As a die-hard fan of the National Football League and a football purist (believe it or not, I don’t even have to play fantasy football to enjoy watching!), I could not go another year without venting about the annual Thanksgiving gameday offering. On yesterday’s menu was the 8-2 New England Patriots at the 2-8 Detroit Lions, the 7-3 New Orleans Saints at the 3-7 Dallas Cowboys, and the 2-8 Cincinnati Bengals at the 8-2 New York Jets. Seriously, the only people thankful for this barn-burner lineup were Turkey Day gamblers receiving the gimme three-team parlay. I admit that the Cowboys at home under new coach, Jason Garrett, had a chance at knocking off the defending Super Bowl champs, but having won a single playoff game in the last fourteen years, “America’s Team” has to be “America’s Most Overrated Team”.
In an attempt to cool my frustration with America’s favorite pastime (you don’t honestly think it’s still baseball), I wanted to find out why the Detroit Lions and Dallas Cowboys host a Thanksgiving Day game every year, and why a third AFC game has recently been added to the mix. As it turns out, the reasons behind two of the three traditions are pretty interesting:
Detroit Lions: While Thanksgiving Day games in the NFL started several years earlier, it wasn’t until 1934 that a team became a permanent fixture, when original Lions owner, GA Richards, hosted a game in an attempt to raise attendance. The move worked, and I have to give him credit for the idea, but shouldn’t owners consider some kind of mercy rule here. I propose that if you lose ten straight Thanksgiving Day games (the Lions are at eight), your license to be nationally televised is permanently revoked.
Dallas Cowboys: Nothing too revolutionary here. About thirty years after the Thanksgiving Day games became a regular part of the Lions schedule, the NFL decided to add a second helping. Supposedly, the Cowboys were the only team to volunteer. The Cowboys are still, somehow, the league’s biggest television draw, so this game is not going anywhere, anytime soon. Who is tuning into all these lopsided Thanksgiving and Sunday Night Football matchups featuring the Cowboys??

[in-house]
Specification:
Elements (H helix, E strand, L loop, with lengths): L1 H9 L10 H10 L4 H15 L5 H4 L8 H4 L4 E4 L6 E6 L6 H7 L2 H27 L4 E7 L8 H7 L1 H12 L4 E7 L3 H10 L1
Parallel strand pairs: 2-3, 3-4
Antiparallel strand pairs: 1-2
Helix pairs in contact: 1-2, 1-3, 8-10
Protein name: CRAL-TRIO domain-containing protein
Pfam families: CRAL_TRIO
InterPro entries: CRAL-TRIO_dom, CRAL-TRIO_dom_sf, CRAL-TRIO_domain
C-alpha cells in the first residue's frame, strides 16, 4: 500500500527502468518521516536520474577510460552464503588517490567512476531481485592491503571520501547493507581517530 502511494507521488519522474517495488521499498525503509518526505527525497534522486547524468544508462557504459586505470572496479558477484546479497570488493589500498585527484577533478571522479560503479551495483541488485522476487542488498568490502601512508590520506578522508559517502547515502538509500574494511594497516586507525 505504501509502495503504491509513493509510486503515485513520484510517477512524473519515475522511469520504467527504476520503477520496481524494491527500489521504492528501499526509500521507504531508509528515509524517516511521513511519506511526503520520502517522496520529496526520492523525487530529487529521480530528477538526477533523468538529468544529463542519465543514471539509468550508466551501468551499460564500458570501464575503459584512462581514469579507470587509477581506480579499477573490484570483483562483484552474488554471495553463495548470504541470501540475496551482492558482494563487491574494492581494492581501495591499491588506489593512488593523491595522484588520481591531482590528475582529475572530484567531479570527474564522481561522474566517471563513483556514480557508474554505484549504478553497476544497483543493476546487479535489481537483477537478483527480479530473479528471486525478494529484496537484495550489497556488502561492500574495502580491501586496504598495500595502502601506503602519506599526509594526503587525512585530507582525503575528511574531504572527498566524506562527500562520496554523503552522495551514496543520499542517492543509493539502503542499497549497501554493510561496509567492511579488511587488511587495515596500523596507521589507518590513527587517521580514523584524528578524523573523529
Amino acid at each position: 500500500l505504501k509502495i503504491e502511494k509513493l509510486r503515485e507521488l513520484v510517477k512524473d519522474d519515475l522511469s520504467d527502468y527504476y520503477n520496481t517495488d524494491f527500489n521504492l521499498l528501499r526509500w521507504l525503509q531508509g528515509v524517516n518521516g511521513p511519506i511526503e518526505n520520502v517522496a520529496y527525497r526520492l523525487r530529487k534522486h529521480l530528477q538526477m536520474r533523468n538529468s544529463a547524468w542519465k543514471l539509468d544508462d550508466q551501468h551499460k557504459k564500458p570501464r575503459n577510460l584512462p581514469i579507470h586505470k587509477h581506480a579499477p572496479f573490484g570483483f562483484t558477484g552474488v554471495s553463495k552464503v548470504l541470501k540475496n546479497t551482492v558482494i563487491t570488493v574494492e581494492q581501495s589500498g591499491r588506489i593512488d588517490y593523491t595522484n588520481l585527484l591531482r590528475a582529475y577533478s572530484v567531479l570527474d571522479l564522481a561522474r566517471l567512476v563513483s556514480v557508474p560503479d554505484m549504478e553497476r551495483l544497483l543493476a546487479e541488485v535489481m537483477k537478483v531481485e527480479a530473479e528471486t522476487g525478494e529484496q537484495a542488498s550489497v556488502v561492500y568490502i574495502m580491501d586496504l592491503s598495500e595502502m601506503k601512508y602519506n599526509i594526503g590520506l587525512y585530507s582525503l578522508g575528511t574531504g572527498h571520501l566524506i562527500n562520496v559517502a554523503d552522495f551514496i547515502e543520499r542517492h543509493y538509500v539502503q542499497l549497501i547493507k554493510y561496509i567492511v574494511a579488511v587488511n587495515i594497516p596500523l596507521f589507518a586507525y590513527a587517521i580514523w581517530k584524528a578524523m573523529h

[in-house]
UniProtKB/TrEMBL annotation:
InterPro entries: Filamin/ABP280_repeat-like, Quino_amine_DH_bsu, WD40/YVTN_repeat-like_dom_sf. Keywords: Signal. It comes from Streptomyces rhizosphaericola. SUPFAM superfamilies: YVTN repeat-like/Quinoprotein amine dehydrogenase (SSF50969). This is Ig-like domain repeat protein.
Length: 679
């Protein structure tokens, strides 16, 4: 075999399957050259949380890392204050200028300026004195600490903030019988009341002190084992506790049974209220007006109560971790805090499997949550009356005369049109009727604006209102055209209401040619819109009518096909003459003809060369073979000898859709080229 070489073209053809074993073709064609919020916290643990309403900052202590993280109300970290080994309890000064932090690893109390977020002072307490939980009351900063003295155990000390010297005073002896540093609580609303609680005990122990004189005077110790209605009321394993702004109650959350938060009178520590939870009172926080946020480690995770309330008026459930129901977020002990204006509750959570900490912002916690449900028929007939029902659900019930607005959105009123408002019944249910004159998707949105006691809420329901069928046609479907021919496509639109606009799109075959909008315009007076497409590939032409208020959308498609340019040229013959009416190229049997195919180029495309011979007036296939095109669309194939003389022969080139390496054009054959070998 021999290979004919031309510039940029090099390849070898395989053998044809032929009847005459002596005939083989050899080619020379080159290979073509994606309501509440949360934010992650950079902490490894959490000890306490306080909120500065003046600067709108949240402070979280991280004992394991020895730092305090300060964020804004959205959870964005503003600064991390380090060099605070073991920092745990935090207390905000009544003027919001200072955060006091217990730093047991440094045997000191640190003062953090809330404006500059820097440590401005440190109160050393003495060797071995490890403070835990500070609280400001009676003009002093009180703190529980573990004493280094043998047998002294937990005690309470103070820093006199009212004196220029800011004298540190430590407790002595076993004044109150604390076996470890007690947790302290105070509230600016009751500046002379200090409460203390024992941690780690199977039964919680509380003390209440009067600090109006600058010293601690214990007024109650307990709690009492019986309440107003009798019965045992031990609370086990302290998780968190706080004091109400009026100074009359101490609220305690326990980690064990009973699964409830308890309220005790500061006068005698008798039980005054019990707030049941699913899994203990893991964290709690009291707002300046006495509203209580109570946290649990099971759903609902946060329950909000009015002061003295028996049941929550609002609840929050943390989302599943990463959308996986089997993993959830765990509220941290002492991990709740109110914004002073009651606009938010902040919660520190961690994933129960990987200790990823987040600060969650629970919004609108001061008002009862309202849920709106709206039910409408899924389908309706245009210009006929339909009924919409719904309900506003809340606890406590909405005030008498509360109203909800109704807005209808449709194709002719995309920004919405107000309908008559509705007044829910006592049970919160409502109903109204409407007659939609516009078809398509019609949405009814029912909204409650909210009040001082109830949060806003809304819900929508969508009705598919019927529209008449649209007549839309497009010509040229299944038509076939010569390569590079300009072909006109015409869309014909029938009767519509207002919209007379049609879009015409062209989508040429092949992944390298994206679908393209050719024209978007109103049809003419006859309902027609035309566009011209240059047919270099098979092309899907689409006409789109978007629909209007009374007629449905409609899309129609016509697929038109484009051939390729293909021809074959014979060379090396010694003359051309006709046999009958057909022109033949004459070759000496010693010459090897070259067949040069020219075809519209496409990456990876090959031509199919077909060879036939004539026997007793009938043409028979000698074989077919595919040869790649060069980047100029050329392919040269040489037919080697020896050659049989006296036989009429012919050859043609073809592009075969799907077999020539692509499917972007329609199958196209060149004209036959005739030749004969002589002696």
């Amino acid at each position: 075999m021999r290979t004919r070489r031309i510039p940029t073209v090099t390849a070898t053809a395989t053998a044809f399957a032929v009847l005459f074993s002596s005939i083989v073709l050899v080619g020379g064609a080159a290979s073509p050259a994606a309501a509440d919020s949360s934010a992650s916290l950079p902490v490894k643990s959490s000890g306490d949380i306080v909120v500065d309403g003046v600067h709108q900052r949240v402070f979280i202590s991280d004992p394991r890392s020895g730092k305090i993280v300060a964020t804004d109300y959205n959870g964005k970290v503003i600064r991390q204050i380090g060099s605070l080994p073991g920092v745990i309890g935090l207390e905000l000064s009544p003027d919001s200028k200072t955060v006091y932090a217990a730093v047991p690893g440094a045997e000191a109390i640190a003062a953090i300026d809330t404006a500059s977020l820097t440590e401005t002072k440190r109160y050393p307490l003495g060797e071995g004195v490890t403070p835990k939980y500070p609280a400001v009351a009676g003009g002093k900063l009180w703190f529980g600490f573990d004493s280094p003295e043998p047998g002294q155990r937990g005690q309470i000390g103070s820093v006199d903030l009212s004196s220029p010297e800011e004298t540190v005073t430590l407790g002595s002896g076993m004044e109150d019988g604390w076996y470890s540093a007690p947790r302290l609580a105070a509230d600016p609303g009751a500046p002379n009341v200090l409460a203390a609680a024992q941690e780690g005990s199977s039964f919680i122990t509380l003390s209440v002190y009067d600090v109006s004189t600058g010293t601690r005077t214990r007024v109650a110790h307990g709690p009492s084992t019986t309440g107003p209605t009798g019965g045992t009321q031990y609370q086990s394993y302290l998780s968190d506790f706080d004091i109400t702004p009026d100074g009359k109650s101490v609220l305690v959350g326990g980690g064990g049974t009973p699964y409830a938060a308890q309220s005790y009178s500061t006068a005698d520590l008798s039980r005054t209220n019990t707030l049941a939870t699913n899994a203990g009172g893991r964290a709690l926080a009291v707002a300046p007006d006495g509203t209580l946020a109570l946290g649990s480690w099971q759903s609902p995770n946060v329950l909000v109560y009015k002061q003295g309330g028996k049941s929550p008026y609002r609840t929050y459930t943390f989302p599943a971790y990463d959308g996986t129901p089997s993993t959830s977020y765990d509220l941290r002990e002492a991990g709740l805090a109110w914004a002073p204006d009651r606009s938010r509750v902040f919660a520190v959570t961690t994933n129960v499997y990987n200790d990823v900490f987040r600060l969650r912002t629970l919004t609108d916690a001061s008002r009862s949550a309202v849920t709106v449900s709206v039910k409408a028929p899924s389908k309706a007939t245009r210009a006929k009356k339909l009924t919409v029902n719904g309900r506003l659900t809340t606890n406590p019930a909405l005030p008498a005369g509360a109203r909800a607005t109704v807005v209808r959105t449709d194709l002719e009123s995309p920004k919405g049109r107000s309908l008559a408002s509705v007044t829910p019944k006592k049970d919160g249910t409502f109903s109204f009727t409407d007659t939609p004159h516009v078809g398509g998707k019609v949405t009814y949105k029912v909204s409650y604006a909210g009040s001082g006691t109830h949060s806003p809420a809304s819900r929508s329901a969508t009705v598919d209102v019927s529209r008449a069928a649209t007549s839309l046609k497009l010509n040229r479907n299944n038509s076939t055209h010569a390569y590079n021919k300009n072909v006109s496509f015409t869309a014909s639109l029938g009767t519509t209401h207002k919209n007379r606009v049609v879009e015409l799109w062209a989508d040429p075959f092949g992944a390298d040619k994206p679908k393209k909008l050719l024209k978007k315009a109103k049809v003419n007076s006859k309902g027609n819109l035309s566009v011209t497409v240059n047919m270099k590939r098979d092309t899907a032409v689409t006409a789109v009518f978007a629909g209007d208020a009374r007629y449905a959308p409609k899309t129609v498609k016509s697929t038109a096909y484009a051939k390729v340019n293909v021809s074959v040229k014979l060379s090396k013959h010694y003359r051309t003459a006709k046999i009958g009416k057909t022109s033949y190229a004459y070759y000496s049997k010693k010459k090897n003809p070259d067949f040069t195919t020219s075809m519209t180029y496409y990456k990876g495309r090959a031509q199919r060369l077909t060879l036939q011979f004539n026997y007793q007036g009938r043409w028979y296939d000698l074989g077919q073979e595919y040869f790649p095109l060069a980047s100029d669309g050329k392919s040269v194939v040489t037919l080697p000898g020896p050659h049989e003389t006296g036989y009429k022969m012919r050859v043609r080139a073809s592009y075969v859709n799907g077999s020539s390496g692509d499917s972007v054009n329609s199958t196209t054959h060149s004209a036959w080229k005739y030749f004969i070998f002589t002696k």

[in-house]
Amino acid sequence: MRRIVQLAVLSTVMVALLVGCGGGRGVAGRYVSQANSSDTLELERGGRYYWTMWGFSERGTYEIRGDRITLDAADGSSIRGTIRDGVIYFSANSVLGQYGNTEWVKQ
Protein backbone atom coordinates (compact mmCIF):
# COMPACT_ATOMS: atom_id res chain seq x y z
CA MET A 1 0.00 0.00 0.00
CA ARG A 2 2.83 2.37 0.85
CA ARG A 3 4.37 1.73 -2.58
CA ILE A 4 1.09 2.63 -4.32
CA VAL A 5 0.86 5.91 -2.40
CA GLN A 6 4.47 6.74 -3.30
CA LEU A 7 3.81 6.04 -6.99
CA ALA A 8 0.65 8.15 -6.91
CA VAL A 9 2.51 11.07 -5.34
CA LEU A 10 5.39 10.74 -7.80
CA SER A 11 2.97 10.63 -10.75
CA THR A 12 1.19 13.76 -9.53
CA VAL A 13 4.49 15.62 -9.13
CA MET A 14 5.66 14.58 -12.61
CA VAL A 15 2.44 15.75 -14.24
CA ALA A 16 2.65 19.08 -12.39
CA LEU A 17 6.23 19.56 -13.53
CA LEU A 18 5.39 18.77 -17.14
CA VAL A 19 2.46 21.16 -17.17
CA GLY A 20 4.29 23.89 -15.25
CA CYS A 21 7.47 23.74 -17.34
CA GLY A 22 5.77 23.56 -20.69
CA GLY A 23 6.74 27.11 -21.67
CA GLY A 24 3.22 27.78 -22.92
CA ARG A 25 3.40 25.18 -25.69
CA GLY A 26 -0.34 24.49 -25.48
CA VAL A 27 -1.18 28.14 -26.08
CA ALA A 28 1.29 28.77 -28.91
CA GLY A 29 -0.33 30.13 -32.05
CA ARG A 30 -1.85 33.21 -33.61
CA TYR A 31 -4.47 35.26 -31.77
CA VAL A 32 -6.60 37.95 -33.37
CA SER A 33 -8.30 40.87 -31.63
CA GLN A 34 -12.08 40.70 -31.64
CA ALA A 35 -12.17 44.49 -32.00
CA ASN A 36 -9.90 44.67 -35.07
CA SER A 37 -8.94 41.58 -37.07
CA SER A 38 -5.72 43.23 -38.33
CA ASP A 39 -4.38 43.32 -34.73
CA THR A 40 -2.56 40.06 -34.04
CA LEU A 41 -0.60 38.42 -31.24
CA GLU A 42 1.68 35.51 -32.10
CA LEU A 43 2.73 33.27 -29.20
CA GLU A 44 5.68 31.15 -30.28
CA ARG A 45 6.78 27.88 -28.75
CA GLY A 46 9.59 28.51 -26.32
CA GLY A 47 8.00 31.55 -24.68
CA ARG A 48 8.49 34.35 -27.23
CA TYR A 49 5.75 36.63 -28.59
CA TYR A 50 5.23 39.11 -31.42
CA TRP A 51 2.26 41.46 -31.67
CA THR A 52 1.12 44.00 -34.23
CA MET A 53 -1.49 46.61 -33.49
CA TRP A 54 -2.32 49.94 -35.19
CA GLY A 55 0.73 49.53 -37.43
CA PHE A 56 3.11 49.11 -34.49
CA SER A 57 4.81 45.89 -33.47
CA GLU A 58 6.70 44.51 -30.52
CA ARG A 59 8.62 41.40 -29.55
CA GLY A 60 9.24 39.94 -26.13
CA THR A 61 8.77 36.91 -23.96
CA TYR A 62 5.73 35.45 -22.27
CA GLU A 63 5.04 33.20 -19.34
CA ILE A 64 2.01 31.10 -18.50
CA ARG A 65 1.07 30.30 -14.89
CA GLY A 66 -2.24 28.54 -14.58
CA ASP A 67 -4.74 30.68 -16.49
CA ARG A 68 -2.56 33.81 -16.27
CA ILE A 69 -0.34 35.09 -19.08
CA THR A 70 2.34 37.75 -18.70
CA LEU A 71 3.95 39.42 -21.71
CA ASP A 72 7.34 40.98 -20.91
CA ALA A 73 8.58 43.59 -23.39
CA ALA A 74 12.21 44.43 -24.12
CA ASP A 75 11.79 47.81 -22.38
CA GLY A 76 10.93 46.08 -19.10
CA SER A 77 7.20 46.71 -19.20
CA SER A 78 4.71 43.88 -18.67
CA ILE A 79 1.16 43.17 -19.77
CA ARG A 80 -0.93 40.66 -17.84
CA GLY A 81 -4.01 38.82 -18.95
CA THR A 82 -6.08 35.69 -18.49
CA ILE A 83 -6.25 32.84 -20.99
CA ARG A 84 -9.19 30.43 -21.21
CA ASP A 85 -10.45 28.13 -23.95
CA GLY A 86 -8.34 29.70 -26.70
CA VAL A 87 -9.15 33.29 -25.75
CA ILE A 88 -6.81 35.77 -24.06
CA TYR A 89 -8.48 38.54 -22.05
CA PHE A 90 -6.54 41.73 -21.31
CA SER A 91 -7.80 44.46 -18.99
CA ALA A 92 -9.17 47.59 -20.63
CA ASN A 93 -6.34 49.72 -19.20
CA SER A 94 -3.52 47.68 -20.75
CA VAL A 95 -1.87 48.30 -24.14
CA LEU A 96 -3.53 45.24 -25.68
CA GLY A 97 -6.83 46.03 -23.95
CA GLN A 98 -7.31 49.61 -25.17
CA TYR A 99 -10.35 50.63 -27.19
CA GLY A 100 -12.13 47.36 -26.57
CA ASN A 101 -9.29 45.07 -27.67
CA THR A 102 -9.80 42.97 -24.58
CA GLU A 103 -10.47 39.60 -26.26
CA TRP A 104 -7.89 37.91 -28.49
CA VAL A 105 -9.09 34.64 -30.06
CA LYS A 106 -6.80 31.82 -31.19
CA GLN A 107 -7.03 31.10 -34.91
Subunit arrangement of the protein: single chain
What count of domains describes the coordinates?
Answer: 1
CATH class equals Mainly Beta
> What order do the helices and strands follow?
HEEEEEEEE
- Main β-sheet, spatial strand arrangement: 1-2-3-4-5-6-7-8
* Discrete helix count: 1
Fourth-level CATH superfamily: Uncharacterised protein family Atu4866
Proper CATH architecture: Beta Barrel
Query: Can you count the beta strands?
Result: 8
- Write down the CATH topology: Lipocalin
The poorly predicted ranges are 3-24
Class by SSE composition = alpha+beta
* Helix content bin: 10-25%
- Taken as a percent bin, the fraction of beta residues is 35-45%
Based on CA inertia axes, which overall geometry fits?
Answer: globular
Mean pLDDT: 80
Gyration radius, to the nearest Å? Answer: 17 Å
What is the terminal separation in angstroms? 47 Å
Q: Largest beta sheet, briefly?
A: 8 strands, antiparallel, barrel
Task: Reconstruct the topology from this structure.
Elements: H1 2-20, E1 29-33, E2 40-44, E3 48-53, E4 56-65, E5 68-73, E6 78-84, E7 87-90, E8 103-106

Part III of the Triple Header: Yes, there is a third game, you just may not have heard about it because it is on NFL Network. The third Thanksgiving Day game started in 2006 as a result of the long-time urging of AFL / NFL pioneer, Lamar Hunt (the late, great). These games have added some refreshing matchups to the Thanksgiving Day slate, starting with the Kansas City Chiefs 19-10 victory over their division-rival, Denver Broncos, in 2006 at Arrowhead Stadium. Sadly, this game was missed by the Chiefs owner as he was unable to see the NFL network from his hospital bed.
While two of the three games seem to have legitimately historical roots, I must say that in the case of the Lions and Cowboys, I simply cannot fathom why the NFL isn’t doing anything to change the current setup. They are kings of the professional sports world, blowing out other leagues in almost every category, but are missing one of their biggest opportunities to deliver a final knockout blow. Thanksgiving has become synonymous with football. These games have become similar to the Super Bowl in that they are among the handful of games each year that everybody is watching. Admit it, your grandma watched football yesterday. I love my grandma, and I don’t want to have to put her through anymore 45-24 Detroit Lions games. Don’t you love your grandma, NFL? Then do the right thing.
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